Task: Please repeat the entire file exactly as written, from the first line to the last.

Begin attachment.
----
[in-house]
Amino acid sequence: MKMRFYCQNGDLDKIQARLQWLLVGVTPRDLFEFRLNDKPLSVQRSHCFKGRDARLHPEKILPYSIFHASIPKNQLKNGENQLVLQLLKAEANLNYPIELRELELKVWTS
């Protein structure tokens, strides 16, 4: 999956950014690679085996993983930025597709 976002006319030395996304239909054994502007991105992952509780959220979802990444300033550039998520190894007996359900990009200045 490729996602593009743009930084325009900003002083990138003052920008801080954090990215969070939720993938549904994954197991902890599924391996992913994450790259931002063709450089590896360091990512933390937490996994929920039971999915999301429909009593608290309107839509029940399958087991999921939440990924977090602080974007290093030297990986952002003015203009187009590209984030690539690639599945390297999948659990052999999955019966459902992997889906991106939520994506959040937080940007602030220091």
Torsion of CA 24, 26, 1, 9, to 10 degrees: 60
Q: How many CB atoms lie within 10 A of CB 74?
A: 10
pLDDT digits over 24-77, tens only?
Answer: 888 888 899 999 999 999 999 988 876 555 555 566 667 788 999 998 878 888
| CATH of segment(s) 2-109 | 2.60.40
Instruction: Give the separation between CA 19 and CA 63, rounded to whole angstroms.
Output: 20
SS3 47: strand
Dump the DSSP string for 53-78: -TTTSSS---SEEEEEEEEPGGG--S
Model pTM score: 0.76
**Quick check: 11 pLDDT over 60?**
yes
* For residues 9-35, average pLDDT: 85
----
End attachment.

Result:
[in-house]
Amino acid sequence: MKMRFYCQNGDLDKIQARLQWLLVGVTPRDLFEFRLNDKPLSVQRSHCFKGRDARLHPEKILPYSIFHASIPKNQLKNGENQLVLQLLKAEANLNYPIELRELELKVWTS
């Protein structure tokens, strides 16, 4: 999956950014690679085996993983930025597709 976002006319030395996304239909054994502007991105992952509780959220979802990444300033550039998520190894007996359900990009200045 490729996602593009743009930084325009900003002083990138003052920008801080954090990215969070939720993938549904994954197991902890599924391996992913994450790259931002063709450089590896360091990512933390937490996994929920039971999915999301429909009593608290309107839509029940399958087991999921939440990924977090602080974007290093030297990986952002003015203009187009590209984030690539690639599945390297999948659990052999999955019966459902992997889906991106939520994506959040937080940007602030220091």
Torsion of CA 24, 26, 1, 9, to 10 degrees: 60
Q: How many CB atoms lie within 10 A of CB 74?
A: 10
pLDDT digits over 24-77, tens only?
Answer: 888 888 899 999 999 999 999 988 876 555 555 566 667 788 999 998 878 888
| CATH of segment(s) 2-109 | 2.60.40
Instruction: Give the separation between CA 19 and CA 63, rounded to whole angstroms.
Output: 20
SS3 47: strand
Dump the DSSP string for 53-78: -TTTSSS---SEEEEEEEEPGGG--S
Model pTM score: 0.76
**Quick check: 11 pLDDT over 60?**
yes
* For residues 9-35, average pLDDT: 85